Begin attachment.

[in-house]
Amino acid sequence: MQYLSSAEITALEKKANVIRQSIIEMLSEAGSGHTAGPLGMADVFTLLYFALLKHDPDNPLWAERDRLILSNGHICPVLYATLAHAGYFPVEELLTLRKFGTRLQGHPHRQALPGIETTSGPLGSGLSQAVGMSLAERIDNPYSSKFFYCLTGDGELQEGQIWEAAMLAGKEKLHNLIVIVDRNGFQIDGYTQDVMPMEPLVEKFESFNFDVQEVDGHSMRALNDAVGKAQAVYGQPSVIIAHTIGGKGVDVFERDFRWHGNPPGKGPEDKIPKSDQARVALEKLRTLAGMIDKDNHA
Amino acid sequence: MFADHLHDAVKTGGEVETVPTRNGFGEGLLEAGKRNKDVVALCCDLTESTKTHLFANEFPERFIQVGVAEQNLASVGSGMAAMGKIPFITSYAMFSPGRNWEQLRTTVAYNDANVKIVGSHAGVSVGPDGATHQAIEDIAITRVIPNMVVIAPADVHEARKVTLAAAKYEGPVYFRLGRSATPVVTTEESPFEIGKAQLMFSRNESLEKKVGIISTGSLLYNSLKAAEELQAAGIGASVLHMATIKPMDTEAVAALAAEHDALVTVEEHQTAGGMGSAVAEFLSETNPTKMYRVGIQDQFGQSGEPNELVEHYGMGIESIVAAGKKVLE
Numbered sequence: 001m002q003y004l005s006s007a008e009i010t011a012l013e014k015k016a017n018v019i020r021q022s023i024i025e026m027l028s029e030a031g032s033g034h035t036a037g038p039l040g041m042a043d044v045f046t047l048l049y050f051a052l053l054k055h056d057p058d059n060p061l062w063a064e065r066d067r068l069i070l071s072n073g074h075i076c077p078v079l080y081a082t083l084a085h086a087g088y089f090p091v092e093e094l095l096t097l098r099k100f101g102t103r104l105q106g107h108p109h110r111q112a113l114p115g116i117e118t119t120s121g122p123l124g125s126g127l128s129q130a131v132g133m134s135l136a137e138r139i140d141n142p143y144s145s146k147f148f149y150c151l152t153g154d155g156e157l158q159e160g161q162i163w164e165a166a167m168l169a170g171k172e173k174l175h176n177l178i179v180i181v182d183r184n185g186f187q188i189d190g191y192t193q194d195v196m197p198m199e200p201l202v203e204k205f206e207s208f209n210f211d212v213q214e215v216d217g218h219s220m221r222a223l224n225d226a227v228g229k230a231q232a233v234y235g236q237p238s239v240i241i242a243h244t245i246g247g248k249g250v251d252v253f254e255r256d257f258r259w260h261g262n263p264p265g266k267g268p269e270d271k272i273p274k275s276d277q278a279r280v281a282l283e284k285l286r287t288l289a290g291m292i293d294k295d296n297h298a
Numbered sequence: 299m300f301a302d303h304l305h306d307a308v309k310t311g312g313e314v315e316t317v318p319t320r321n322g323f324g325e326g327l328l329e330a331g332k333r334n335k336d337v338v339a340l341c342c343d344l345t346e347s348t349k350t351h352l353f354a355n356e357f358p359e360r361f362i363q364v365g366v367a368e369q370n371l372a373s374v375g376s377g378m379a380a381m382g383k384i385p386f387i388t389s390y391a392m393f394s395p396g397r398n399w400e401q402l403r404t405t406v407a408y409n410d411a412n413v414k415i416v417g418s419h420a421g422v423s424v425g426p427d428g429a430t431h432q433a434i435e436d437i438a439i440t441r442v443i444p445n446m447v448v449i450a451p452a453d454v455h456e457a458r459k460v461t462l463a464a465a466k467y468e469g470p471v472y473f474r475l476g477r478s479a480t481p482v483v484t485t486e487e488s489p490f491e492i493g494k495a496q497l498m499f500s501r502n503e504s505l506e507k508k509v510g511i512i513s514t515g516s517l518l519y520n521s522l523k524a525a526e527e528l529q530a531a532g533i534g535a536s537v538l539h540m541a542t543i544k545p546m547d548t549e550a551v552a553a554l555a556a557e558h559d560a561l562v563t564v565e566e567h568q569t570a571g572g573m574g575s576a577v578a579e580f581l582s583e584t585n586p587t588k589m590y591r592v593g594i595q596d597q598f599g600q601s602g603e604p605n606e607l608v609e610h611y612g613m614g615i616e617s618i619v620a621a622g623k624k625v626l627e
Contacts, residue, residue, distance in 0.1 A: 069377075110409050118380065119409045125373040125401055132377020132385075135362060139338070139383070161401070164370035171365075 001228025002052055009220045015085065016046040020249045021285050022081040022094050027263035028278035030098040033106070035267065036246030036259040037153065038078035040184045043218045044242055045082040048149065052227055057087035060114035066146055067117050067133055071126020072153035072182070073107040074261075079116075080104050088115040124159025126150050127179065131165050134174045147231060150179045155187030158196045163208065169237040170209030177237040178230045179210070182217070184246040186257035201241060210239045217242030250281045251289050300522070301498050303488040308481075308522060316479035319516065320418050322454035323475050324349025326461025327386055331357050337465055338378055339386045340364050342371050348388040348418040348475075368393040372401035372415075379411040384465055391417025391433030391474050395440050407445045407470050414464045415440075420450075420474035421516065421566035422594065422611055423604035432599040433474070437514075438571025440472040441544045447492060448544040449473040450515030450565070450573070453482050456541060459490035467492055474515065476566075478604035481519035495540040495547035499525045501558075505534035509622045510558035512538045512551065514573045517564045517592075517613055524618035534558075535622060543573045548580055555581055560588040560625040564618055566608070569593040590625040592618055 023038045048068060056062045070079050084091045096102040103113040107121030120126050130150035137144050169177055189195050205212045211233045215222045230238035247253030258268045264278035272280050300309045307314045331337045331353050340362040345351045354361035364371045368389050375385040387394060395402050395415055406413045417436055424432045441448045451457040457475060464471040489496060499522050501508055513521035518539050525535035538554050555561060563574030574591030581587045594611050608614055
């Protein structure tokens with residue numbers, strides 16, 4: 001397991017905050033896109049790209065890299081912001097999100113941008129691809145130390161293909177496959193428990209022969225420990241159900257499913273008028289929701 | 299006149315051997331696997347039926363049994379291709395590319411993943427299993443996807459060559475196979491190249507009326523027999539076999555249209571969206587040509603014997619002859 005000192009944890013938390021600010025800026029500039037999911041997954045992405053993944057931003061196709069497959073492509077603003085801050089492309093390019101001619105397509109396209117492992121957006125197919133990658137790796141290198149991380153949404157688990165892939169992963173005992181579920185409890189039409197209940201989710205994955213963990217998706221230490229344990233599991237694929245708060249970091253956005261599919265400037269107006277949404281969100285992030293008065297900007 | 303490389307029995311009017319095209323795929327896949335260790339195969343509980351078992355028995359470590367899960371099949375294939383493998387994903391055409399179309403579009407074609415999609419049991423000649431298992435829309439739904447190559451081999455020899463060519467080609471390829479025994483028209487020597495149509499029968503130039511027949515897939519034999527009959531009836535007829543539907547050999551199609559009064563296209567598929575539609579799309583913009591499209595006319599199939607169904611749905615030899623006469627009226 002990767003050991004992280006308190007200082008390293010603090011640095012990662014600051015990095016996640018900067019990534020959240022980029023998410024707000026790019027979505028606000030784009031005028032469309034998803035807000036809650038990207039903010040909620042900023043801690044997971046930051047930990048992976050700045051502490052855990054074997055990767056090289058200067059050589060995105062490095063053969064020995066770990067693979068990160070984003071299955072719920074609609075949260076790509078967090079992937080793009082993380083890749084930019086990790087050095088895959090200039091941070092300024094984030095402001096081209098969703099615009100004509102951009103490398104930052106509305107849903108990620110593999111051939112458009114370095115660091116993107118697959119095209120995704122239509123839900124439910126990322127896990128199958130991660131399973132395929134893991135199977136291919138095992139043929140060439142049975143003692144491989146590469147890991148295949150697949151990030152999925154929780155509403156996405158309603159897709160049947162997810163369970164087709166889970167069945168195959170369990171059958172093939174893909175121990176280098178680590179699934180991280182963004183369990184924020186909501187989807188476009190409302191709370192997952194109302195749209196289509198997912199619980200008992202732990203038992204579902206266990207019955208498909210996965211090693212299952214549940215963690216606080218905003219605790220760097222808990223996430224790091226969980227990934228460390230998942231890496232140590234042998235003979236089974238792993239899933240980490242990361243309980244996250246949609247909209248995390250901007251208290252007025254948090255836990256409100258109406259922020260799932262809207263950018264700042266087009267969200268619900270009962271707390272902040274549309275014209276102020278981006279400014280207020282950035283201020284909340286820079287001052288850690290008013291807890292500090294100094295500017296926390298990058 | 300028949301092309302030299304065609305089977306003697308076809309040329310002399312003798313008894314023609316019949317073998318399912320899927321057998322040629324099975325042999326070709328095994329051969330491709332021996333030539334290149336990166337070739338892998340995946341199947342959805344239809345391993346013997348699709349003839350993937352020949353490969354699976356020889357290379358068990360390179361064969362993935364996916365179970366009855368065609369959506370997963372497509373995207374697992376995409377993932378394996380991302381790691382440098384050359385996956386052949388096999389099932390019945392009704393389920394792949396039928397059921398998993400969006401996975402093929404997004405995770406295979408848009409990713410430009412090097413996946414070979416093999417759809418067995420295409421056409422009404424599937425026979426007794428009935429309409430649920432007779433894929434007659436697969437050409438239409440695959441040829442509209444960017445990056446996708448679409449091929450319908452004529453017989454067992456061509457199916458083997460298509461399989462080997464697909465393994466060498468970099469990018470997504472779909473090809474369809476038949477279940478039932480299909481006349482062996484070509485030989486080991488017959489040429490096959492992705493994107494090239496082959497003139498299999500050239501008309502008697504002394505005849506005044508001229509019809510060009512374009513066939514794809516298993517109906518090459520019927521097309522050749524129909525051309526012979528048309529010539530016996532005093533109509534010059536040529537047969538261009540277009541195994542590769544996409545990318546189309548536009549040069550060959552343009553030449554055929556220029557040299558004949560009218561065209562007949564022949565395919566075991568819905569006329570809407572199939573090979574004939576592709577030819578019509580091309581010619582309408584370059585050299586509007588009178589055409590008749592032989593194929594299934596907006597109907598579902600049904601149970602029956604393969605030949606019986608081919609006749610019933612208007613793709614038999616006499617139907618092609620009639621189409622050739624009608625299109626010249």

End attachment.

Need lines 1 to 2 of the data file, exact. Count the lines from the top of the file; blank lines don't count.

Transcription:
[in-house]
Amino acid sequence: MQYLSSAEITALEKKANVIRQSIIEMLSEAGSGHTAGPLGMADVFTLLYFALLKHDPDNPLWAERDRLILSNGHICPVLYATLAHAGYFPVEELLTLRKFGTRLQGHPHRQALPGIETTSGPLGSGLSQAVGMSLAERIDNPYSSKFFYCLTGDGELQEGQIWEAAMLAGKEKLHNLIVIVDRNGFQIDGYTQDVMPMEPLVEKFESFNFDVQEVDGHSMRALNDAVGKAQAVYGQPSVIIAHTIGGKGVDVFERDFRWHGNPPGKGPEDKIPKSDQARVALEKLRTLAGMIDKDNHA